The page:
Bio: Steve Biddulph is a family psychologist and the writer of numerous best-selling books about raising children, particularly boys.
I visit Germany quite often and it's great to see what more progressive countries are like - how they run things, and how much better they make life for their people. In Germany there are hardly any private schools (and most of those are for American and British expat kids whose parents just can't break the habit.)
There are hardly any private schools in Germany (or Sweden, Denmark, Norway) because the government schools are so wonderful, in equipment, facilities, competence of teachers, and diversity of learning - that no-one would bother looking elsewhere. Attempts to start private schools have often simply failed through lack of interest.
That's what we should have as well - the public schools should be funded at a level that there is no difference of opportunity. You don't live in a democracy, or a free country, until every little baby born here or coming to live here has the same equal chance to rise to their maximum level of ability and contribution.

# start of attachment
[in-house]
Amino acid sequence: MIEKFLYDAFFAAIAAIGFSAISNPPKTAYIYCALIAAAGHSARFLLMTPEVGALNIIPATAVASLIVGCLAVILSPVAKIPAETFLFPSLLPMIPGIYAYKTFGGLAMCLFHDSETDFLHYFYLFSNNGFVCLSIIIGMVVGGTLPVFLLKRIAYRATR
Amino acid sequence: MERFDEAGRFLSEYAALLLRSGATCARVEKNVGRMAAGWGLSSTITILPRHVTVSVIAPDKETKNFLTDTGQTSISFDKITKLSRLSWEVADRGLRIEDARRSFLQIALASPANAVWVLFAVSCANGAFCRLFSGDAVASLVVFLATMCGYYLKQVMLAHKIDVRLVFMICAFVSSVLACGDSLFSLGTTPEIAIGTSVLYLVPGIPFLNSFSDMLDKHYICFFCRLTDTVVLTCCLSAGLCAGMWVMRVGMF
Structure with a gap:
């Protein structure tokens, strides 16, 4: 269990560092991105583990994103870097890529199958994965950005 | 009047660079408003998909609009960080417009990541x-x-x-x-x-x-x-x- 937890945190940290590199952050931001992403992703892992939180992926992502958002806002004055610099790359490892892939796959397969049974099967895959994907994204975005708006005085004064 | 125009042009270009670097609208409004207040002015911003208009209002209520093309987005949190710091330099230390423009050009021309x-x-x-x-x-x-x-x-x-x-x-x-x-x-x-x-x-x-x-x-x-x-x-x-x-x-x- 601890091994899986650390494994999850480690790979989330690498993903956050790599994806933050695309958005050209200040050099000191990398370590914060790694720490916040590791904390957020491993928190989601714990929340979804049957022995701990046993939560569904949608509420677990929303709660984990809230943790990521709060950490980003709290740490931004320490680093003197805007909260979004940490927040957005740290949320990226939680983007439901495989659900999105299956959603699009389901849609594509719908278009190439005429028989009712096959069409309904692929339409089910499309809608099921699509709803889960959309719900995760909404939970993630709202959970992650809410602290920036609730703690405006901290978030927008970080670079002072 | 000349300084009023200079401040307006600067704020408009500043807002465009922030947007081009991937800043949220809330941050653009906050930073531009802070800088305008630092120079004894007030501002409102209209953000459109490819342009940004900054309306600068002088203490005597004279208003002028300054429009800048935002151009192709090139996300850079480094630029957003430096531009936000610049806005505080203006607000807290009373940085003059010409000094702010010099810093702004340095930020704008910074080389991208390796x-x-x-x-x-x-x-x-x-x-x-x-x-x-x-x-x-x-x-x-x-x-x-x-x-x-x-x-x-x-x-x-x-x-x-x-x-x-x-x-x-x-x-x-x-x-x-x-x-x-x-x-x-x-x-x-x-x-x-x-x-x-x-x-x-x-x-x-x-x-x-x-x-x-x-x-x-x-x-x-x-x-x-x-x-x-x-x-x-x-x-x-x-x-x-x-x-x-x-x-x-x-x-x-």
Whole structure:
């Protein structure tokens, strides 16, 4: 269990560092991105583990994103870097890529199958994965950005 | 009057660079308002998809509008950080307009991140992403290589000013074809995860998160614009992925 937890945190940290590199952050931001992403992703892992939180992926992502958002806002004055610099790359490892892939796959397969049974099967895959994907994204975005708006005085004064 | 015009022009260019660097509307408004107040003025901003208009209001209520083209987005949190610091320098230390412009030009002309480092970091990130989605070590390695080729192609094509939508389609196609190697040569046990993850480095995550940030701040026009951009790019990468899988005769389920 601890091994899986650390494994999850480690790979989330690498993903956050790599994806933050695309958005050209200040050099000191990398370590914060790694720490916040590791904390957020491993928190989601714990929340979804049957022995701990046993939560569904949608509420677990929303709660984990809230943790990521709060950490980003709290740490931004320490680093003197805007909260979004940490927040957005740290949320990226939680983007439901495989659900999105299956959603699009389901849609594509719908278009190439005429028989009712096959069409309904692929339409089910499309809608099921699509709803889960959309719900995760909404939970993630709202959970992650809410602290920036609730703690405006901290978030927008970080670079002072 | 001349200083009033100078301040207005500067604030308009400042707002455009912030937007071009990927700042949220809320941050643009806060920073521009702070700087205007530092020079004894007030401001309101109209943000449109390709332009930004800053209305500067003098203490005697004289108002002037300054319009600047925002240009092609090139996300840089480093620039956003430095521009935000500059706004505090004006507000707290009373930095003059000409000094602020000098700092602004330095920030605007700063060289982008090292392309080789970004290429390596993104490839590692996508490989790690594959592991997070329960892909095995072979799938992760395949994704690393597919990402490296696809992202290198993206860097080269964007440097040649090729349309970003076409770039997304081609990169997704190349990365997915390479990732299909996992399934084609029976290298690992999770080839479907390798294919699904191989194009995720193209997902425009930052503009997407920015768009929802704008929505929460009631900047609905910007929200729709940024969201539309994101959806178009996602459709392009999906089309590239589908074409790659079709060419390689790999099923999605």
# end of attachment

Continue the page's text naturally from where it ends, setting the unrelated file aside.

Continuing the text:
Bought privilege is a kind of corruption. When privilege in education can be bought, then rich stupid people rise above their natural levels of ability, and we are all in danger. Perhaps that's why we have a stupid foreign policy, stupid businesses that wreck the place, and people in power that you wouldn't leave in charge of your cat.
We will never stamp this out completely, but we must work continuously to close the gap. And in the last thirty years it's gone the other way completely - the gap between rich and poor has been made obscenely large in the UK, US and Australia, through direct government policy pandering to vested interests. And schooling is at the heart of this - it's where life chances are handed out, and often set in cement. Unless people have a sense of access to life in its fullest, especially for their children, then an ugly, dangerous and dysfunctional society arises.
And that's what we have now. It's time this was turned around.